As a life-long amateur musician who gets snooty when people clap between the movements of a sonata, I’m probably not the best person to be receptive to any kind of electronic introductions to a performance or screening. Usually when we hear about theater owners making concessions to people who leave their phones on, it’s in regards to a movie theater, with all their wooing of the modern audience and needing to wring profit out of every possible moment. But this case is of a repertory theater’s production of Carlo Goldoni‘s 1743 Servant of Two Masters, and while the restrictions placed on these Tweet Seats will probably keep them from annoying other audience members there’s just something about the principle of the thing that makes me hope it never happens at any theater I go to.
Says the Guthrie theater’s announcement:
A limited number of seats in the McGuire Proscenium will be designated as “tweet seats” allowing social media fans to tweet live during specific performances.
“Tweet Seats” available for four consecutive Thursday evening performances, beginning December 27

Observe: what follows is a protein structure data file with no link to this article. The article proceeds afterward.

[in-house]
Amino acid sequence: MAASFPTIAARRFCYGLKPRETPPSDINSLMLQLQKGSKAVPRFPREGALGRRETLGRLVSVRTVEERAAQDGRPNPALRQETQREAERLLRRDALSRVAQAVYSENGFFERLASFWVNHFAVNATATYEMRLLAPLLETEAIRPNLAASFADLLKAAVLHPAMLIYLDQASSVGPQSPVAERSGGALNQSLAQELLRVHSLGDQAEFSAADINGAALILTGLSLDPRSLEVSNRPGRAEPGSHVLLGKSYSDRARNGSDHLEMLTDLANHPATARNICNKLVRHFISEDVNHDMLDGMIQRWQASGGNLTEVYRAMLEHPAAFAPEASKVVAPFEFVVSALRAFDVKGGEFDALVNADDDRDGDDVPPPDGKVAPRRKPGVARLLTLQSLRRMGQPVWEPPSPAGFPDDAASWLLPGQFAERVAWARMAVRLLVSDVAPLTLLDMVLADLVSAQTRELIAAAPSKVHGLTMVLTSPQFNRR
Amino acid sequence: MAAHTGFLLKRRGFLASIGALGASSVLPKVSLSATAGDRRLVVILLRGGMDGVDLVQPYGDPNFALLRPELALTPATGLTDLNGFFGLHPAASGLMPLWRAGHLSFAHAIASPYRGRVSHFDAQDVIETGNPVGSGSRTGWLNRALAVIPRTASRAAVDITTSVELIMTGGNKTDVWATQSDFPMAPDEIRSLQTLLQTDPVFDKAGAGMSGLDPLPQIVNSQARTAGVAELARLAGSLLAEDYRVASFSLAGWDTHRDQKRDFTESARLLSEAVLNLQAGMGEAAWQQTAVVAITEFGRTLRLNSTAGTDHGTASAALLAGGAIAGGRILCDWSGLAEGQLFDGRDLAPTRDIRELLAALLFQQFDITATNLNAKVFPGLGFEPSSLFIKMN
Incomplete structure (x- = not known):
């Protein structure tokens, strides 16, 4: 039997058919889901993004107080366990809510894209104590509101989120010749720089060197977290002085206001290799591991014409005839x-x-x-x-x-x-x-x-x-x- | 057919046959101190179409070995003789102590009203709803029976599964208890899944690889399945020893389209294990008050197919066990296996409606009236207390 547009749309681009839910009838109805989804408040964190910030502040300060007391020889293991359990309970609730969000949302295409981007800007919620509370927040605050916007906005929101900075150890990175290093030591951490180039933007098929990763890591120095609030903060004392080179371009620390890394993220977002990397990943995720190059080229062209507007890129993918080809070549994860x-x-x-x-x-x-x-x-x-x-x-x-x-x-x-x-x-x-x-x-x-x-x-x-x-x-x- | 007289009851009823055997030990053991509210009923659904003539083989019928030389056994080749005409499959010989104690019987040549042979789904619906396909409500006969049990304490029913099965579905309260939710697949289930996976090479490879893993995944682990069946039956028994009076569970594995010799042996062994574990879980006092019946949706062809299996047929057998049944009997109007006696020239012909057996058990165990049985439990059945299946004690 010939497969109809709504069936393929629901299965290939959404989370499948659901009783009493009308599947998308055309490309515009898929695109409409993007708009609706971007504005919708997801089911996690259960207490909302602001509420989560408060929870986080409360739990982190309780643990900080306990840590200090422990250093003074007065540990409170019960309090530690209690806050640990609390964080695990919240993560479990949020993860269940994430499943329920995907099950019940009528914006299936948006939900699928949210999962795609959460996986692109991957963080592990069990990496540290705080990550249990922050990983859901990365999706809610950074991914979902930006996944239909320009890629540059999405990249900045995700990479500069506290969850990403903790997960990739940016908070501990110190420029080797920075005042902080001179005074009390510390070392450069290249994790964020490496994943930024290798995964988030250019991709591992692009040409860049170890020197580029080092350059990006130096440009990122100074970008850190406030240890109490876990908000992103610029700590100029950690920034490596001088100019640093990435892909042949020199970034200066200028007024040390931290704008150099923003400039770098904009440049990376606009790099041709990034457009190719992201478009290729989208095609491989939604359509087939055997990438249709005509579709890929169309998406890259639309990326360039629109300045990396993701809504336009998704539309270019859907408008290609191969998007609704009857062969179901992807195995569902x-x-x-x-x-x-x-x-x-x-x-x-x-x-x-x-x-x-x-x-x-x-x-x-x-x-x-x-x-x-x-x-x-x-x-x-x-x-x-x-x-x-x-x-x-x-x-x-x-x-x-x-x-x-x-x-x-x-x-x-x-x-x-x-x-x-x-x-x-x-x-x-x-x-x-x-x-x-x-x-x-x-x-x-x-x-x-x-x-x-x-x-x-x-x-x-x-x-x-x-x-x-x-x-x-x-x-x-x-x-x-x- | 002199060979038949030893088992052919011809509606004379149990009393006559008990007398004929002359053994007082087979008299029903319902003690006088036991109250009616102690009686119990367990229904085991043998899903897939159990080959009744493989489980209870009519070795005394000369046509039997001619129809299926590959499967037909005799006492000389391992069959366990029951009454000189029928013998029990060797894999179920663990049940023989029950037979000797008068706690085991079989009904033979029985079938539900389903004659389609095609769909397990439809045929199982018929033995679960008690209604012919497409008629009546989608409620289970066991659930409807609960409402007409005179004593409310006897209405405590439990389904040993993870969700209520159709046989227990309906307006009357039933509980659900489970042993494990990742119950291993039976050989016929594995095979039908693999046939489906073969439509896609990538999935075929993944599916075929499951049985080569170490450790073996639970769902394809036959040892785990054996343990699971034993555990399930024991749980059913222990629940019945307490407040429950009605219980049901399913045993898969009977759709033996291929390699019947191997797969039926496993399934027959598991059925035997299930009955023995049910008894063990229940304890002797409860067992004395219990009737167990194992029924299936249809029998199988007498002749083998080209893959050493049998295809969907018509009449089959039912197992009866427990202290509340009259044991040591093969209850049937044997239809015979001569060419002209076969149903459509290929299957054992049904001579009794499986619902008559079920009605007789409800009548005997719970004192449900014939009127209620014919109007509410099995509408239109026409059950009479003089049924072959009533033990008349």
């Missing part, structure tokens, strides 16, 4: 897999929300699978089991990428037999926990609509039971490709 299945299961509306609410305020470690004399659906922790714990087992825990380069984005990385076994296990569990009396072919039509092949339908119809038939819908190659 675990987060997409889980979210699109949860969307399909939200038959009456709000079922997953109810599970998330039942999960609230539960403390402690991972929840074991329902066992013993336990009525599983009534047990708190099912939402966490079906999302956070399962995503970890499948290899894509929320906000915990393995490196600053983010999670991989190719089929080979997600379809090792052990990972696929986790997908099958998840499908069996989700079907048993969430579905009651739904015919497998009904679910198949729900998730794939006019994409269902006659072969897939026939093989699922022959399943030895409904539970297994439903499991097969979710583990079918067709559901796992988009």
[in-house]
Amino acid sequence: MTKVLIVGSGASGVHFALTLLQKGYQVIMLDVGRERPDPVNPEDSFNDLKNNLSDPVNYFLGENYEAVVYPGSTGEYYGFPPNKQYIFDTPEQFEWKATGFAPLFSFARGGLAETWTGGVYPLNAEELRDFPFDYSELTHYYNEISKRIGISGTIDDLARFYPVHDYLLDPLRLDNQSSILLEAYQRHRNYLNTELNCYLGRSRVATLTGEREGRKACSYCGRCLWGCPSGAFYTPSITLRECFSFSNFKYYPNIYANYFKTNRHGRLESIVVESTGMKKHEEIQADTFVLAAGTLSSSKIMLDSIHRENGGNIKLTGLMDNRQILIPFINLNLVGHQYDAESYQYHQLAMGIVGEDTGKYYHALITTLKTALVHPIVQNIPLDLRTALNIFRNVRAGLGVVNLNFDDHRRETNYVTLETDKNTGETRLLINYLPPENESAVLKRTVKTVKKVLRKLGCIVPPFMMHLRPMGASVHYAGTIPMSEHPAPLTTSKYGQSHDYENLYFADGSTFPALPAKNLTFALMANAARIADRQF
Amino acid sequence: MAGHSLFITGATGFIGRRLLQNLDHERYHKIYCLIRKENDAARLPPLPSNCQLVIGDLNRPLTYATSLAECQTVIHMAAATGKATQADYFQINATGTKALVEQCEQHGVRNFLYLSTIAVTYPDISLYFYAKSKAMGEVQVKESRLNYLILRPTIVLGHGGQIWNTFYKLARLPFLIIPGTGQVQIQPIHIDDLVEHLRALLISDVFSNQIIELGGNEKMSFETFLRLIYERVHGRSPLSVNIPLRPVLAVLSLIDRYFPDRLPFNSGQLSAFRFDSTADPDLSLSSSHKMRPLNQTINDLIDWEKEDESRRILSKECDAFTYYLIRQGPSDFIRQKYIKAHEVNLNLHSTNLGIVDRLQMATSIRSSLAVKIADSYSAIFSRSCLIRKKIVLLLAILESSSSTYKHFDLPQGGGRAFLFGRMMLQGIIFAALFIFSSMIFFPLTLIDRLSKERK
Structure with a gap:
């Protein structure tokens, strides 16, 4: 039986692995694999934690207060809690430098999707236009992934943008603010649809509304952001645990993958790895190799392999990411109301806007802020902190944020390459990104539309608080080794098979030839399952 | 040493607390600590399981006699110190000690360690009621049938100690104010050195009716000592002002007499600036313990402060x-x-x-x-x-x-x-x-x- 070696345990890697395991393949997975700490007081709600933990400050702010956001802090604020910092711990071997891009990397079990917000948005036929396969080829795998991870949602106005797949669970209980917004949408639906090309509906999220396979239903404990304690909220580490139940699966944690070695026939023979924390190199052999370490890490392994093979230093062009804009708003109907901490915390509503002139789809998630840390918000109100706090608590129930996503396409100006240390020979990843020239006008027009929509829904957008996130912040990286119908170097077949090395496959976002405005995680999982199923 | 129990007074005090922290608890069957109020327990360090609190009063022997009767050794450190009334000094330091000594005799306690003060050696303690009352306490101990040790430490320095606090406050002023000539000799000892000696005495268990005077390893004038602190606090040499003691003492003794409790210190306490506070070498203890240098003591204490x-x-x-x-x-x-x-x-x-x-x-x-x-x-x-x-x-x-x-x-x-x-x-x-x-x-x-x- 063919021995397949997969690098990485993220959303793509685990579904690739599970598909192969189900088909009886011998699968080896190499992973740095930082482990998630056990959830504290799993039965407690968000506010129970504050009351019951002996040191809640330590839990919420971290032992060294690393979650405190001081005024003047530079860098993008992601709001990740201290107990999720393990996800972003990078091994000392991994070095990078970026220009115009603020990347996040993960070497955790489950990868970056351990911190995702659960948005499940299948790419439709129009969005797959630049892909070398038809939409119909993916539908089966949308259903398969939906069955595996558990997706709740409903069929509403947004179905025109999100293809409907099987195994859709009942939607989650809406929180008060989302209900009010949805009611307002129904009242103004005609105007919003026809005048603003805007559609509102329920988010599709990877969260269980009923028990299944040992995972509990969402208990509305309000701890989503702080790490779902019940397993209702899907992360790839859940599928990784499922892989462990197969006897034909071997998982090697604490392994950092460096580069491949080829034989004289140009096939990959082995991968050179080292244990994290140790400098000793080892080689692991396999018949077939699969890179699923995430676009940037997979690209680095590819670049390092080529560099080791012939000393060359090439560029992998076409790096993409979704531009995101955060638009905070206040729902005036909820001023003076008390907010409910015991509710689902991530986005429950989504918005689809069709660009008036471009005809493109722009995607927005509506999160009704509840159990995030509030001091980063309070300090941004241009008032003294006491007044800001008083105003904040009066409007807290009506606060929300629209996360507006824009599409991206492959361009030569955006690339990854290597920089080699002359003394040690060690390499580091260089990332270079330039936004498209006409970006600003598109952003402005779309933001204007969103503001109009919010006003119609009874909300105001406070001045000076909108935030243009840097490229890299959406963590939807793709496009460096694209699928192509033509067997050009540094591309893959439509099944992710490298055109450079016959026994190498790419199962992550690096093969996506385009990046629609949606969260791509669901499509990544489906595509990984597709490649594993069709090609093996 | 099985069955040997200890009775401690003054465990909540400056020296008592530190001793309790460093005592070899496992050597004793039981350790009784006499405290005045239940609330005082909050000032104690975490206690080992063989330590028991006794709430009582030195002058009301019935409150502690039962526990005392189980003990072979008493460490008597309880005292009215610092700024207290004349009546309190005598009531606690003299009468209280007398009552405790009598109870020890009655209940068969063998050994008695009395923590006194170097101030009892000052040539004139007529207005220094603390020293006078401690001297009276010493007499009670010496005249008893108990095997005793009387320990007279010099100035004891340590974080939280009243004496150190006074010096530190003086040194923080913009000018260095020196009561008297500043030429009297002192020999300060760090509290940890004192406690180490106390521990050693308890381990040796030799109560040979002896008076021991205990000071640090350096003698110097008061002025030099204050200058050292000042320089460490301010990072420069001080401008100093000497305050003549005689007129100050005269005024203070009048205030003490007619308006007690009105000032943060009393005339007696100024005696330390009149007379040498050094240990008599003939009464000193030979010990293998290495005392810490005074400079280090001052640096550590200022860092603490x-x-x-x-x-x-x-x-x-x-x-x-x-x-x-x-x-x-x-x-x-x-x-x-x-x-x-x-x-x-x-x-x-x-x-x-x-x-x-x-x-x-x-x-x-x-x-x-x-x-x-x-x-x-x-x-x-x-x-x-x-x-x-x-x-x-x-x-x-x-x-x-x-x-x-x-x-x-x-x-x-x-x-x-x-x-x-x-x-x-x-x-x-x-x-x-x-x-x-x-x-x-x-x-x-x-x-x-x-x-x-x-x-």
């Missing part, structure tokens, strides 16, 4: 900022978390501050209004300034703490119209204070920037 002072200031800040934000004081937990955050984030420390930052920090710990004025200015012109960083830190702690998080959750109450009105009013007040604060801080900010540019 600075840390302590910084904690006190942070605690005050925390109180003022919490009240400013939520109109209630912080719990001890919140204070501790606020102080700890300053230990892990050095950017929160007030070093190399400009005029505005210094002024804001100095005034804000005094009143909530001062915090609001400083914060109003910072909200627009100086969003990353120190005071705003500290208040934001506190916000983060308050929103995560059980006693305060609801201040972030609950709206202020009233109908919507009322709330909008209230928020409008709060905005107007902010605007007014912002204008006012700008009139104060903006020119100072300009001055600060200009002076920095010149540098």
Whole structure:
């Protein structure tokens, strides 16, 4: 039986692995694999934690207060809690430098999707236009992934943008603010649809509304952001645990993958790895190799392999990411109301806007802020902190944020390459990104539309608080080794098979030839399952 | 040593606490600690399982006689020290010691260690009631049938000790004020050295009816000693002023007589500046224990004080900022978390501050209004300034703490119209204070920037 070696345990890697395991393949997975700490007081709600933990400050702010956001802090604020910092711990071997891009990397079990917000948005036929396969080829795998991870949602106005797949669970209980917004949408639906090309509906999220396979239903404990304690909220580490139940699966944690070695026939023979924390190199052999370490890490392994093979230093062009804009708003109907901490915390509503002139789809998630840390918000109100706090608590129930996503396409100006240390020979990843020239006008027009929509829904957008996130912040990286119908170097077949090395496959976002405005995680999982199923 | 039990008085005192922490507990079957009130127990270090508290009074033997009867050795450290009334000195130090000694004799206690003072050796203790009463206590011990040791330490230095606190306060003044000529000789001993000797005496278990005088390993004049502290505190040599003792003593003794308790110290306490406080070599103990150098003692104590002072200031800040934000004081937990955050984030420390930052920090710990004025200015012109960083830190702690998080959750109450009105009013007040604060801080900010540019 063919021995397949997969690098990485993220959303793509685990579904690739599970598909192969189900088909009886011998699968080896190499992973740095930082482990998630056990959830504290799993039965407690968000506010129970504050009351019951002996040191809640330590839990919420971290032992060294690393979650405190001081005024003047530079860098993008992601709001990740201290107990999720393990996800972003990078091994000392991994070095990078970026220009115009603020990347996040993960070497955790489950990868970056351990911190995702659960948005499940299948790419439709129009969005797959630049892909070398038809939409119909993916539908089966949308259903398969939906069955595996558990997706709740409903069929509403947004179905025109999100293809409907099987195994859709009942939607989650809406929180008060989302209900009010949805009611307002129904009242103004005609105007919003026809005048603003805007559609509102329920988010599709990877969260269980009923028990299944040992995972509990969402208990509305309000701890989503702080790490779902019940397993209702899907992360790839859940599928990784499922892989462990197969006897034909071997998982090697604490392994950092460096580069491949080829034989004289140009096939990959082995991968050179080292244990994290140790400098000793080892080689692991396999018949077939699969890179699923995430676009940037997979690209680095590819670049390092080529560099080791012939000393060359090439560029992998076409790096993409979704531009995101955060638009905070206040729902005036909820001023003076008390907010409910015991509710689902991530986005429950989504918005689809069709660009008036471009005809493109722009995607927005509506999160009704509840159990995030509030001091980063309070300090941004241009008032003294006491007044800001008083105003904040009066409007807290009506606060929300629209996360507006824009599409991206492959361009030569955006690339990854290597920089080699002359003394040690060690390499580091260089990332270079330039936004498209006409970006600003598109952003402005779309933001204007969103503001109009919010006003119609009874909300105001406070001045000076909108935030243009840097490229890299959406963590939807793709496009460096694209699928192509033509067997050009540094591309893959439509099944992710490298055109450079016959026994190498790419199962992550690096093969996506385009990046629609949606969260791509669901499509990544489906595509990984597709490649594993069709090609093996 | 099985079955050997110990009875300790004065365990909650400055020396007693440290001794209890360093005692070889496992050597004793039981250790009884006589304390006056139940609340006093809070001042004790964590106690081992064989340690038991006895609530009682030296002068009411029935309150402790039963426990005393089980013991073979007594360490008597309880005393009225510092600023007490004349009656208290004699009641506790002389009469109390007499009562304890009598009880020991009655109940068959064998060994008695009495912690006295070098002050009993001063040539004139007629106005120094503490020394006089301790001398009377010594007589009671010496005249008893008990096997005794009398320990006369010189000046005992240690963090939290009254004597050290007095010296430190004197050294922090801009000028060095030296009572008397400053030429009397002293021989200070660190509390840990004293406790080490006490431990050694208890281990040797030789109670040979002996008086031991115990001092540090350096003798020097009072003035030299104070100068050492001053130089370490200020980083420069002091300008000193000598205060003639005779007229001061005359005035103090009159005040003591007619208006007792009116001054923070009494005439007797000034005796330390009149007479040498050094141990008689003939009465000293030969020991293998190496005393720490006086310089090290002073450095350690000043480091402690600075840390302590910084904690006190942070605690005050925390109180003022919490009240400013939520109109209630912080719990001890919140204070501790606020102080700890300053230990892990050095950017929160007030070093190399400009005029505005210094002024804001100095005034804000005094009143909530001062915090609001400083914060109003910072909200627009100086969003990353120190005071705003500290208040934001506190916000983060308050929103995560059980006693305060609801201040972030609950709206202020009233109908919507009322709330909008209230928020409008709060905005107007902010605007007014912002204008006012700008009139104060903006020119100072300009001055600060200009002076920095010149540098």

I’m going to go ahead and assume (or at least hope) that those seats will be in the last row of the balcony, so as not to irritate the folks behind them with the blazing light of their screens. Knowing that some particular performances will sanction social media use will also allow folks who’d rather not encounter that sort of thing to choose other shows. The Guthrie appears to feel that allowing folks to tweet during the performance goes right in hand with the elements of improvised comedy in their show. Guthrie External Relations Director Trish Santini: “This cast is an incredible ensemble of comedians, and night after night they’re riffing and improvising – it’s the kind of show that makes you ask, ‘Did they just say that?’ Usually they did – and tweeting should be a great way to talk about it.”
Not for me, thanks. Or at least, I can wait until after the house lights come up. What do you guys think?